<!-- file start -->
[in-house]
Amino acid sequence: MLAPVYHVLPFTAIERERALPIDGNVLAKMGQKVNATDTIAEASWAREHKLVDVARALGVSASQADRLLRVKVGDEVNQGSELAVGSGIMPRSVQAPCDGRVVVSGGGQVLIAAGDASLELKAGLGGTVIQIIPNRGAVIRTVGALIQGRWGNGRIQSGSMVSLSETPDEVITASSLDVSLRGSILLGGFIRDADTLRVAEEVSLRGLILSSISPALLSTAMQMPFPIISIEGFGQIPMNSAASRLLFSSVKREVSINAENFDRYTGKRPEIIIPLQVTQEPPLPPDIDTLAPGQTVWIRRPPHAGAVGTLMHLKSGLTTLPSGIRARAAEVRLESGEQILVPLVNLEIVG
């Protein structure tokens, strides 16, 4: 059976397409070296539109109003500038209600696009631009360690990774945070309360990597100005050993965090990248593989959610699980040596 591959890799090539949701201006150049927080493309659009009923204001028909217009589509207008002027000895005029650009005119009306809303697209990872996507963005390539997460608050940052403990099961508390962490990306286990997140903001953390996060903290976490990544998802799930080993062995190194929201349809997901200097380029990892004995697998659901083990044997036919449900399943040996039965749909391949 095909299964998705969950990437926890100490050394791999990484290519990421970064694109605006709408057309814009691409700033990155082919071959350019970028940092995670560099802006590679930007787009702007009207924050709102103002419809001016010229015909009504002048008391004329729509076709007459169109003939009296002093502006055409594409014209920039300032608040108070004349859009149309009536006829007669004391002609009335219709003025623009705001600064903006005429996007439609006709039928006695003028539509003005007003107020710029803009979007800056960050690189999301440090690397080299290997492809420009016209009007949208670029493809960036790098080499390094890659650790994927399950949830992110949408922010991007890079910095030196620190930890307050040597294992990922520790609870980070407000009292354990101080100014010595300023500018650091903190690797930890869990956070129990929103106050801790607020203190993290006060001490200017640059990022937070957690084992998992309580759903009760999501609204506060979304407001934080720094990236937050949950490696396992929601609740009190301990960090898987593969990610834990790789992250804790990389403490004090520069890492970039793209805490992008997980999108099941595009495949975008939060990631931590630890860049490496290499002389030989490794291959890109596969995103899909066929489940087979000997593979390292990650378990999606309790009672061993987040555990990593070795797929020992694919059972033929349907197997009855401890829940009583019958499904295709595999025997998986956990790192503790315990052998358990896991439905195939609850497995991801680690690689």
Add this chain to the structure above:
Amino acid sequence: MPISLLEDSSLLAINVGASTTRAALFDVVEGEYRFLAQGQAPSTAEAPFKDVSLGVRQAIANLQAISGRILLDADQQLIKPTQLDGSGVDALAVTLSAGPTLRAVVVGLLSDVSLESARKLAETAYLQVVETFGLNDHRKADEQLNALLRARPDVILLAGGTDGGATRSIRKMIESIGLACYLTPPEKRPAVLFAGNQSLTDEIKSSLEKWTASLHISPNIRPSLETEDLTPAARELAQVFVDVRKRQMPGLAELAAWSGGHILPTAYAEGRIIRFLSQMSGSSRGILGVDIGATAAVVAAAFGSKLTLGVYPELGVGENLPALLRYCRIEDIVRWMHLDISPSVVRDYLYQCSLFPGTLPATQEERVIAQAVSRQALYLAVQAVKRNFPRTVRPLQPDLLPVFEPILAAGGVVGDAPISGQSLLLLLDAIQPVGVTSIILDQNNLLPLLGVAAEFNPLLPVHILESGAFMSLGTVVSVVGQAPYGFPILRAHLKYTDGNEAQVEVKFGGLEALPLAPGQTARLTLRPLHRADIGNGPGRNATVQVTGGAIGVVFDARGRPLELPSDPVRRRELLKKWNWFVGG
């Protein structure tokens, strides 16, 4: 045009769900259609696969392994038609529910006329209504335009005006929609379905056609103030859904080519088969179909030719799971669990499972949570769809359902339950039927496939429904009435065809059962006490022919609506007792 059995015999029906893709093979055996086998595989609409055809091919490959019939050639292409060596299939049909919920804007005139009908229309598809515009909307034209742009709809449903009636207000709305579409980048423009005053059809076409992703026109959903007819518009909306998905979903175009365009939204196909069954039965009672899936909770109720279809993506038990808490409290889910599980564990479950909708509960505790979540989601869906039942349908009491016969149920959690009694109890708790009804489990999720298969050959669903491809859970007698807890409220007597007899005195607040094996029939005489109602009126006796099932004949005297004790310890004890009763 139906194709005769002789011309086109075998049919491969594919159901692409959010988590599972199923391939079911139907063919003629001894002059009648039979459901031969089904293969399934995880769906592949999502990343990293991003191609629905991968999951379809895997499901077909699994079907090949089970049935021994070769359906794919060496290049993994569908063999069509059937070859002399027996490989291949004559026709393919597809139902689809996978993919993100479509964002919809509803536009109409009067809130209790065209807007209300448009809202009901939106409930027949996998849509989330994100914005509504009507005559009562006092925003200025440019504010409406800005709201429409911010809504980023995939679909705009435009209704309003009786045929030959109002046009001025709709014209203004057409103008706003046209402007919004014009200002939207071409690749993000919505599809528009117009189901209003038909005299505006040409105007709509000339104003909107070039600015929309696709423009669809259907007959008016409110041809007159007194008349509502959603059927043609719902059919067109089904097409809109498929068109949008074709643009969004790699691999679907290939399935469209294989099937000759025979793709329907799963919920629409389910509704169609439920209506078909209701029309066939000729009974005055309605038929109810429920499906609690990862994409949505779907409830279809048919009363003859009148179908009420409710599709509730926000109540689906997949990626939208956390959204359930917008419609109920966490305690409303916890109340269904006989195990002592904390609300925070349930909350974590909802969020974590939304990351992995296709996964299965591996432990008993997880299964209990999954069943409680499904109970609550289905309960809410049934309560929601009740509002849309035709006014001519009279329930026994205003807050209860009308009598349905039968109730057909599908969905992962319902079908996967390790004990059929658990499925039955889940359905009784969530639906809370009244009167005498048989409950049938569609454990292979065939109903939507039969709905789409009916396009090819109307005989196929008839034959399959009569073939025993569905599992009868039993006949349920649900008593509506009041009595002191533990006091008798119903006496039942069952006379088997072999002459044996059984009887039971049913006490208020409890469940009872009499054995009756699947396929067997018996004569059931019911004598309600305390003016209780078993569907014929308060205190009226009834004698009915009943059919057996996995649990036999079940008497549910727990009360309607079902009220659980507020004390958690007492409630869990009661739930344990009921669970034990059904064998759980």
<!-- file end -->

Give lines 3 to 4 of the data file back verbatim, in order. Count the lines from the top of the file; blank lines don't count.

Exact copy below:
């Protein structure tokens, strides 16, 4: 059976397409070296539109109003500038209600696009631009360690990774945070309360990597100005050993965090990248593989959610699980040596 591959890799090539949701201006150049927080493309659009009923204001028909217009589509207008002027000895005029650009005119009306809303697209990872996507963005390539997460608050940052403990099961508390962490990306286990997140903001953390996060903290976490990544998802799930080993062995190194929201349809997901200097380029990892004995697998659901083990044997036919449900399943040996039965749909391949 095909299964998705969950990437926890100490050394791999990484290519990421970064694109605006709408057309814009691409700033990155082919071959350019970028940092995670560099802006590679930007787009702007009207924050709102103002419809001016010229015909009504002048008391004329729509076709007459169109003939009296002093502006055409594409014209920039300032608040108070004349859009149309009536006829007669004391002609009335219709003025623009705001600064903006005429996007439609006709039928006695003028539509003005007003107020710029803009979007800056960050690189999301440090690397080299290997492809420009016209009007949208670029493809960036790098080499390094890659650790994927399950949830992110949408922010991007890079910095030196620190930890307050040597294992990922520790609870980070407000009292354990101080100014010595300023500018650091903190690797930890869990956070129990929103106050801790607020203190993290006060001490200017640059990022937070957690084992998992309580759903009760999501609204506060979304407001934080720094990236937050949950490696396992929601609740009190301990960090898987593969990610834990790789992250804790990389403490004090520069890492970039793209805490992008997980999108099941595009495949975008939060990631931590630890860049490496290499002389030989490794291959890109596969995103899909066929489940087979000997593979390292990650378990999606309790009672061993987040555990990593070795797929020992694919059972033929349907197997009855401890829940009583019958499904295709595999025997998986956990790192503790315990052998358990896991439905195939609850497995991801680690690689």
Add this chain to the structure above: